You learn something new everyday and today I learned two new things! I now know how to get to the pomegranate seeds without ruining my clothes and I know that they are symbols of the Jewish New Year. I’ve been eating apples and honey all these years. No wonder I’m not as wise as I could be.

  10. earthriderjudyberman at 9:29 pm #

    We have pomegranates on occasion. I don’t recall how we got around to the messiness, but they sure do taste good. Thanks for the great tips, Lisa. I’ll try them the next time.

  11. That is a good way to de-seed them. BUT if I may offer an alternative suggestion, this one is straight from Martha Stuart’s mouth to your ears.

    Cut off the top and bottom of the PG. Then score the sides in 4 or 5 places, moving around the PG. Scoring makes it easy to peel off the skin in sections, then just turn the section you dislocated from its whole, hold it over a bowl, and pull out the seeds in clumps, which is the way they grow.

    I love PGs, and now that I know how healthy they are I love them even more!

    • Thanks for the tip, Ronnie. I’ve tried the scoring method and I love to watch the colorful clumps of seeds fall away. I did find, though, that the seeds stay attached to the membranes more than they do with smacking. But if violent smacking isn’t for you, you can’t go wrong with Martha! 🙂

  12. Huffygirl at 9:50 pm #

    I have never eaten a pomegranate. When they are cut open I am always reminded of a post mortem on a heart with endocarditis. And that is as far as I get.

  13. nursemommylaughs at 10:06 pm #

    Adam and Eve and the Wooden Spoon…interesting. You have really outdone yourself with creative topics this time! Informative AND entertaining. Love it!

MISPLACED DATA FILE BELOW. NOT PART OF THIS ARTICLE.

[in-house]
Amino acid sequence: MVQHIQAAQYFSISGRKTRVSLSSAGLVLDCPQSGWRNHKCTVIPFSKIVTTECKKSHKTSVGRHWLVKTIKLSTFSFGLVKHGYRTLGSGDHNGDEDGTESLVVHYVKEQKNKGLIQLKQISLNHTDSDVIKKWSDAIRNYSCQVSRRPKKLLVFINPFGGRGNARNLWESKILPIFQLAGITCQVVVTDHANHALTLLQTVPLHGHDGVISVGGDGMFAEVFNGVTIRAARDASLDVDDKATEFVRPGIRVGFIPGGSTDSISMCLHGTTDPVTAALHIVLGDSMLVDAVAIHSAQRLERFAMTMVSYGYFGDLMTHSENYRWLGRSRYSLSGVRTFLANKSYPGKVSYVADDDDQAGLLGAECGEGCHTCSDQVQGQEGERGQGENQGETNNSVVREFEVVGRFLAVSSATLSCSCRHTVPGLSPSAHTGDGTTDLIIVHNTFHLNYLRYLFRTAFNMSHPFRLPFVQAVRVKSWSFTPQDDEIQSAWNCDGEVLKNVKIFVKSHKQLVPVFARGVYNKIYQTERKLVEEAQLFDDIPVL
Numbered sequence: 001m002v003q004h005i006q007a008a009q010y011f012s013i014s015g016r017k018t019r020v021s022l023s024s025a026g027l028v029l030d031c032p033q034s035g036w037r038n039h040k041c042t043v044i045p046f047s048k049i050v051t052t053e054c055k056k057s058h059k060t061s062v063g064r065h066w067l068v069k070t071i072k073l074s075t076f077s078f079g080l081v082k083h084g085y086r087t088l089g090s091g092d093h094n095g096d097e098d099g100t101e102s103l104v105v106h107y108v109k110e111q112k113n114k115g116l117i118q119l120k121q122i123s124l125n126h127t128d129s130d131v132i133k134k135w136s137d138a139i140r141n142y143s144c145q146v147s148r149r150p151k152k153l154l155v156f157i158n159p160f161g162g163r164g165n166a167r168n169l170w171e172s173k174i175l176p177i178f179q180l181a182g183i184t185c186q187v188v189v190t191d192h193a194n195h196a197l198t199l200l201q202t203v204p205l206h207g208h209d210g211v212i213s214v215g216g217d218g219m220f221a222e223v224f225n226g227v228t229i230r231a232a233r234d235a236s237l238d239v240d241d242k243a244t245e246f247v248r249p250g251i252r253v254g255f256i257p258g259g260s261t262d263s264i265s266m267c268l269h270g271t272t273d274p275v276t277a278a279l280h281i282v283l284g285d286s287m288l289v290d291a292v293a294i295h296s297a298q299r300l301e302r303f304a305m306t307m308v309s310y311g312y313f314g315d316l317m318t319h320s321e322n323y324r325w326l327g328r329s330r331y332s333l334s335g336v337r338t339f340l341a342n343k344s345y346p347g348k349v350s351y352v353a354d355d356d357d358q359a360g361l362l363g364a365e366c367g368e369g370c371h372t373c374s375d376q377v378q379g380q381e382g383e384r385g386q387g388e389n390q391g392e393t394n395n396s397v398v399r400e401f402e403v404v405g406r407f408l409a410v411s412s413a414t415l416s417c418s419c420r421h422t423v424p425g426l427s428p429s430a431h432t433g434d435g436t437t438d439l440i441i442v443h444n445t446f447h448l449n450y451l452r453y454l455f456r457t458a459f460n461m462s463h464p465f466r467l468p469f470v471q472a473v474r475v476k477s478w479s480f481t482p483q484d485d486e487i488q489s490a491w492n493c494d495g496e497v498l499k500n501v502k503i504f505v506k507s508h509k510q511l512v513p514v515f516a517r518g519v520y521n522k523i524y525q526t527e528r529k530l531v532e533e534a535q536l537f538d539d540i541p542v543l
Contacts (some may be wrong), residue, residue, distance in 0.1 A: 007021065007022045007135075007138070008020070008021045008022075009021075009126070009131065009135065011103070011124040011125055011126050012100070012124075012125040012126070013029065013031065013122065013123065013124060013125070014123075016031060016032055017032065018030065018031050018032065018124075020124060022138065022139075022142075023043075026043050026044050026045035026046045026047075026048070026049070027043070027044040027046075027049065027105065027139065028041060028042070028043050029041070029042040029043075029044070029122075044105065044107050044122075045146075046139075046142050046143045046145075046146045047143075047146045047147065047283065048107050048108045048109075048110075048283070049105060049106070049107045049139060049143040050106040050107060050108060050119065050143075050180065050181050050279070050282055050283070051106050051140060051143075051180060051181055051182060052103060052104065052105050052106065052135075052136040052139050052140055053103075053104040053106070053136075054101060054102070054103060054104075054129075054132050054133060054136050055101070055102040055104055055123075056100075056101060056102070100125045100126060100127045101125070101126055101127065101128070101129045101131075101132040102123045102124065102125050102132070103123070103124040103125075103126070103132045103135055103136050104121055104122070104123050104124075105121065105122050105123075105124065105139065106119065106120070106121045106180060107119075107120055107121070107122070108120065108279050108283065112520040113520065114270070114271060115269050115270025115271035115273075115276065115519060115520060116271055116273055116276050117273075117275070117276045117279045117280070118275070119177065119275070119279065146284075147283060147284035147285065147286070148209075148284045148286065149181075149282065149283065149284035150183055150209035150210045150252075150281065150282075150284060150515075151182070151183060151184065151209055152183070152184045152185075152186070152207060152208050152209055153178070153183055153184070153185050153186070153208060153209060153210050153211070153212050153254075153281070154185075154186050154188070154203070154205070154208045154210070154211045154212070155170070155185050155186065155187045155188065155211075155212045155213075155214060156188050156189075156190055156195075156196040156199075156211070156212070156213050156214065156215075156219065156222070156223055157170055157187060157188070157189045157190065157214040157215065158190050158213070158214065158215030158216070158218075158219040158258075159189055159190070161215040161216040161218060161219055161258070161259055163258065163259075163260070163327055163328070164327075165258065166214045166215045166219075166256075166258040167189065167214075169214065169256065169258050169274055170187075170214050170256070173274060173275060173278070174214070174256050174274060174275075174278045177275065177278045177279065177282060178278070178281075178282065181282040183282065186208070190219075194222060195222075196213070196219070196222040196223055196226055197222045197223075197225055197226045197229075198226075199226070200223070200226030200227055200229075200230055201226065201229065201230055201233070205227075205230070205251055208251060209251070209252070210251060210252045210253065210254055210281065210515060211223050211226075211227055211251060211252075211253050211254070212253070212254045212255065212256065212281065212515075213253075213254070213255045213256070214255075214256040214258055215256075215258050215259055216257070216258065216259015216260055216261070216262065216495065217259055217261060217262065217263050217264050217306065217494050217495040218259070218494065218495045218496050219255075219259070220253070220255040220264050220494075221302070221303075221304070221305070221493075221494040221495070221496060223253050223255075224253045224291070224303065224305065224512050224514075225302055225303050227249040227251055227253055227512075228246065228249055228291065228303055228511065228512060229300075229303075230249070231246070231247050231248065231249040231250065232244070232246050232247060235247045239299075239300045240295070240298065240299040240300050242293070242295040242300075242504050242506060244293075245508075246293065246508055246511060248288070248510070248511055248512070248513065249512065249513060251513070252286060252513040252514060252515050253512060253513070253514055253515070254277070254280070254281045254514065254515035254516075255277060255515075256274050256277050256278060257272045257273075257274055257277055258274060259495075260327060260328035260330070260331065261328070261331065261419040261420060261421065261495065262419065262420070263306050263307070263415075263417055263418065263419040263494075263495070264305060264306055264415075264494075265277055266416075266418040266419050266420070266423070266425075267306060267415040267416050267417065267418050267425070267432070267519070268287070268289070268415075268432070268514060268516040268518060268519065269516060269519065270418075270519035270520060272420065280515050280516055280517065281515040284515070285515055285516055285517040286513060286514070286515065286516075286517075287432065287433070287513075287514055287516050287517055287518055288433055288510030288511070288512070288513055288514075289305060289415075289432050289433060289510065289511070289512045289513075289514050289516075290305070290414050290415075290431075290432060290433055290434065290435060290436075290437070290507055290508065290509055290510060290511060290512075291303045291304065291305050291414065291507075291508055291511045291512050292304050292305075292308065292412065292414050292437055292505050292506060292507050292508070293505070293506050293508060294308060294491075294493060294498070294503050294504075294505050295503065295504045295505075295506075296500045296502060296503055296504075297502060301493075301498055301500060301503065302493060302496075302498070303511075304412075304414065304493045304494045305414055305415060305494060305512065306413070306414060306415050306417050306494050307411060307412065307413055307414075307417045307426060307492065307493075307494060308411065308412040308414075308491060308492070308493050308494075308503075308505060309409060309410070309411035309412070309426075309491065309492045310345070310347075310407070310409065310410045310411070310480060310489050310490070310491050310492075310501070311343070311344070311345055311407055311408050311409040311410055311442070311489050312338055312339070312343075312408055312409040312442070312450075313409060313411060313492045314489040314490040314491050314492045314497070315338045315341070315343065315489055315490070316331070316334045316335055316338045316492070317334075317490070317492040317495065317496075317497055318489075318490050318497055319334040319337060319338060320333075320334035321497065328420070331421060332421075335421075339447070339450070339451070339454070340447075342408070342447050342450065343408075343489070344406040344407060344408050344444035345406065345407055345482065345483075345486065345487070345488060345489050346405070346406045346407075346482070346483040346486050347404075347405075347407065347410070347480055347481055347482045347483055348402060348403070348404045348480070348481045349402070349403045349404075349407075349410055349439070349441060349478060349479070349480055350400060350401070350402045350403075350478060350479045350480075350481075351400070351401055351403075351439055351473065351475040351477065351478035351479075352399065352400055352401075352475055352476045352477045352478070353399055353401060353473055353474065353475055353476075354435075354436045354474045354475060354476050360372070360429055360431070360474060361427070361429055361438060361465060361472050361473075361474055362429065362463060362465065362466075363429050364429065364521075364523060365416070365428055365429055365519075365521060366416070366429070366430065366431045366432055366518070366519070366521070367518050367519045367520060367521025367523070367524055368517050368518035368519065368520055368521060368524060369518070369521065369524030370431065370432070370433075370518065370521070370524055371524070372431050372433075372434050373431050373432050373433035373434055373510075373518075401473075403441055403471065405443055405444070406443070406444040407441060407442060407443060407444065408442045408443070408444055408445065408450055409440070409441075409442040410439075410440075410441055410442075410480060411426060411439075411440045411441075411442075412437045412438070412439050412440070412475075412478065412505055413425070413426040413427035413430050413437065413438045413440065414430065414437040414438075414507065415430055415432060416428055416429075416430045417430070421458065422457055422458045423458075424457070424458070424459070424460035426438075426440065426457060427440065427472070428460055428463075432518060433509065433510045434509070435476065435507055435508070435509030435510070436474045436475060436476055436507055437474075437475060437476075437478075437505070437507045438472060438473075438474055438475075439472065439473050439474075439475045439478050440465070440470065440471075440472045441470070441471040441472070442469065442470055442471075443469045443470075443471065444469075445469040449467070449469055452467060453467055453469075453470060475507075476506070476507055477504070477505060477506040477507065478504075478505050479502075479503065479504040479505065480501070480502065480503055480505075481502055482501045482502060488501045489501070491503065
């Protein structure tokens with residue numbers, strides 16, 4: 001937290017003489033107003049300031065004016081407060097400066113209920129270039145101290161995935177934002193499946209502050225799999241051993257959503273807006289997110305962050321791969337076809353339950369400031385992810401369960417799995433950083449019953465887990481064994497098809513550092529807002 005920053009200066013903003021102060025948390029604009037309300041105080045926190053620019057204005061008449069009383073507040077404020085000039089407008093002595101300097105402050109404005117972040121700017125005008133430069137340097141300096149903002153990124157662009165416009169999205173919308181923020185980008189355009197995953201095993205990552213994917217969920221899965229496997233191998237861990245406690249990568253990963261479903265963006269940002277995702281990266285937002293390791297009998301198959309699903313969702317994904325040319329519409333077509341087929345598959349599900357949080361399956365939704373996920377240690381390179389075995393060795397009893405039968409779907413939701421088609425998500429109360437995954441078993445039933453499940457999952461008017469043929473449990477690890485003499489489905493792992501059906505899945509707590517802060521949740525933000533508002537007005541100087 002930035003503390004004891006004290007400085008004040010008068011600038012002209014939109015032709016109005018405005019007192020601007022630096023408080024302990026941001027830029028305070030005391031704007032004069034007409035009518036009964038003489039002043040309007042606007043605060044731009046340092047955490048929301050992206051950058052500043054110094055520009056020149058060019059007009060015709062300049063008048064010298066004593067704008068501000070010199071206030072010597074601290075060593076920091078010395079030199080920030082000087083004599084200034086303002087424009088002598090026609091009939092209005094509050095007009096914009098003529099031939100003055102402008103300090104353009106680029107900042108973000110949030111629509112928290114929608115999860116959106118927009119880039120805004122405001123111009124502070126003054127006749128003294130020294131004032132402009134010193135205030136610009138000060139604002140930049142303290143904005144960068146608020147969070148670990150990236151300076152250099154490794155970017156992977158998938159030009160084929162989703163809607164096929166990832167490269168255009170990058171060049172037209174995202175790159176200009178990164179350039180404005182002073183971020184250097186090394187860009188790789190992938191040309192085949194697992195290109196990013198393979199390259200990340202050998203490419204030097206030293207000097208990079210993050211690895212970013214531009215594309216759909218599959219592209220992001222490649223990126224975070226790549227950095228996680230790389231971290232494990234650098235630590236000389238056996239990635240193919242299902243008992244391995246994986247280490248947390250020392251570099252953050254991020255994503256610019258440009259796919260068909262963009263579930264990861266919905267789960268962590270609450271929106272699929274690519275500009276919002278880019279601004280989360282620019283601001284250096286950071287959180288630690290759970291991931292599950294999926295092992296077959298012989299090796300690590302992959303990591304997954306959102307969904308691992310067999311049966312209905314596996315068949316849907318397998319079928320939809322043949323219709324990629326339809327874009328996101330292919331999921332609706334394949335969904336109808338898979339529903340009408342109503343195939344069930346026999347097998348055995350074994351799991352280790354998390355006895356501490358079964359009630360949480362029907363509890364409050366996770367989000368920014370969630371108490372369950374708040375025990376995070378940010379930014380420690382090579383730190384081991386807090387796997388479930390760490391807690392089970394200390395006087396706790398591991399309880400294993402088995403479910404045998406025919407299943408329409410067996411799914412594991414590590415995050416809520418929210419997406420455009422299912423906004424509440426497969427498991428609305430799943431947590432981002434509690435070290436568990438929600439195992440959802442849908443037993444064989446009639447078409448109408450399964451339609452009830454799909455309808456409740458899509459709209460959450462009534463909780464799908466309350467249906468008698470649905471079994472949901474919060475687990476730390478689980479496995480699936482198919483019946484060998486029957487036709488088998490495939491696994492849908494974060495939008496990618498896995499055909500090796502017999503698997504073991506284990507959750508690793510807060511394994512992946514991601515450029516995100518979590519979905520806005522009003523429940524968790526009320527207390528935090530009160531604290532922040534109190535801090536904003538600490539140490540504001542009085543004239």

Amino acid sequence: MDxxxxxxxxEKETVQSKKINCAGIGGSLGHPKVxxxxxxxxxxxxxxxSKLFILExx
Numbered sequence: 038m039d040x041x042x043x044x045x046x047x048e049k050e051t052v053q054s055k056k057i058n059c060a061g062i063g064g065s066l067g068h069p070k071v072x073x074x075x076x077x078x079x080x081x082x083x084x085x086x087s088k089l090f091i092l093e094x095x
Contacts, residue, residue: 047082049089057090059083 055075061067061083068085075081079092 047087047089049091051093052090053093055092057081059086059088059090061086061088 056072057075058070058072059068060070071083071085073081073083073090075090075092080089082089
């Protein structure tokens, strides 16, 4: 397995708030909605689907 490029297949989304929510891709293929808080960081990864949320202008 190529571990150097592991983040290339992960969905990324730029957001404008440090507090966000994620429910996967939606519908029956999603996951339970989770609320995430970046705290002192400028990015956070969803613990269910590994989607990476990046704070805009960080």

• Hmmm, “Adam and Eve and the Wooden Spoon” — could be an interesting book title! Thanks for the kind words, Stacey.

  14. artsifrtsy at 10:37 pm #

    We grew poms in our back yard when I was young and my grandma made the most amazing jelly out of them. I had not heard about smacking them. I face the star up and cut in between 2 opposite points about 3/4″ down into the fruit – most of the top is the dense yellow divider. Twist the knife from side to side while it’s still in the pom – it will start to break apart – from there it easily breaks into sections that you can just bite off the sections. Man, I want one now!

    • What I would give to try some homemade pomegranate jelly! Sounds like you have some nice pomegranate memories. And yes, I agree, there’s something very satisfying about biting into a whole section of seeds– sort of like the satisfaction biting into a meaty rib (if you’re not a vegetarian) 🙂

      • artsifrtsy at 11:46 am #

        I like some pos with my ribs:) My grandma looked like she had on a hazmat suit juicing them in the backyard to make the jelly. My pop also made wine with them.

  15. shovonc at 11:00 pm #

    That was oddly useful. Thanks.

  16. amybluestone at 8:19 am #

    wow thanks! That’s an amazing discovery… Happy New Year! A

  17. Grown and Flown at 12:03 pm #

    Years and years of making an unholy mess just came to an end….really how can I think you. It never occurred to me that there was a better way, lesson learned. Many thanks.

  18. Katherine Checkley at 5:44 pm #

    So I had a dream about a pomegranate…and the next day your post pops up. Very strange. I took it as a good sign! Great tips as well 🙂

  19. FringeGirl at 8:27 pm #